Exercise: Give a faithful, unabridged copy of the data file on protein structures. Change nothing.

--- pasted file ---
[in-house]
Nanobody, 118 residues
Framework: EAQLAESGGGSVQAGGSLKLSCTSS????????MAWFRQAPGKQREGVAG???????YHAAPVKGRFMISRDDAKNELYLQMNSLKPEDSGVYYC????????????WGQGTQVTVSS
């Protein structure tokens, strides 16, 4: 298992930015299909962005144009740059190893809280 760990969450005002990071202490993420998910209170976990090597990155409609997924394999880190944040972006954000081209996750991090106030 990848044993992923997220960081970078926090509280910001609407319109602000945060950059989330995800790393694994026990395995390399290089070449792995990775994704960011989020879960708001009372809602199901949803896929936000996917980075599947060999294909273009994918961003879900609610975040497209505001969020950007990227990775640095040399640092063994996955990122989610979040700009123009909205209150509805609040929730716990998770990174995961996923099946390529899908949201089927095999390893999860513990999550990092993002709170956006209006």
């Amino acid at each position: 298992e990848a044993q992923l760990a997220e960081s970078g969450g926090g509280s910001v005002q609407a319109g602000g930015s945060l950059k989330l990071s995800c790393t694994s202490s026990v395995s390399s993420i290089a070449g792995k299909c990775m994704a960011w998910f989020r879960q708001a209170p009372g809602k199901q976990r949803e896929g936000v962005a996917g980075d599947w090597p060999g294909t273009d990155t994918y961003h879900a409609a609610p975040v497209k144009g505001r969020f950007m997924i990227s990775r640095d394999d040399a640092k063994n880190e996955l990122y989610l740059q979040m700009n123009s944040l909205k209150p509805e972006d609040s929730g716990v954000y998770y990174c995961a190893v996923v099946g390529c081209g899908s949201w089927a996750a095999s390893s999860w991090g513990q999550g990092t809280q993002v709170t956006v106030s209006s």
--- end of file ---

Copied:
[in-house]
Nanobody, 118 residues
Framework: EAQLAESGGGSVQAGGSLKLSCTSS????????MAWFRQAPGKQREGVAG???????YHAAPVKGRFMISRDDAKNELYLQMNSLKPEDSGVYYC????????????WGQGTQVTVSS
């Protein structure tokens, strides 16, 4: 298992930015299909962005144009740059190893809280 760990969450005002990071202490993420998910209170976990090597990155409609997924394999880190944040972006954000081209996750991090106030 990848044993992923997220960081970078926090509280910001609407319109602000945060950059989330995800790393694994026990395995390399290089070449792995990775994704960011989020879960708001009372809602199901949803896929936000996917980075599947060999294909273009994918961003879900609610975040497209505001969020950007990227990775640095040399640092063994996955990122989610979040700009123009909205209150509805609040929730716990998770990174995961996923099946390529899908949201089927095999390893999860513990999550990092993002709170956006209006």
């Amino acid at each position: 298992e990848a044993q992923l760990a997220e960081s970078g969450g926090g509280s910001v005002q609407a319109g602000g930015s945060l950059k989330l990071s995800c790393t694994s202490s026990v395995s390399s993420i290089a070449g792995k299909c990775m994704a960011w998910f989020r879960q708001a209170p009372g809602k199901q976990r949803e896929g936000v962005a996917g980075d599947w090597p060999g294909t273009d990155t994918y961003h879900a409609a609610p975040v497209k144009g505001r969020f950007m997924i990227s990775r640095d394999d040399a640092k063994n880190e996955l990122y989610l740059q979040m700009n123009s944040l909205k209150p509805e972006d609040s929730g716990v954000y998770y990174c995961a190893v996923v099946g390529c081209g899908s949201w089927a996750a095999s390893s999860w991090g513990q999550g990092t809280q993002v709170t956006v106030s209006s």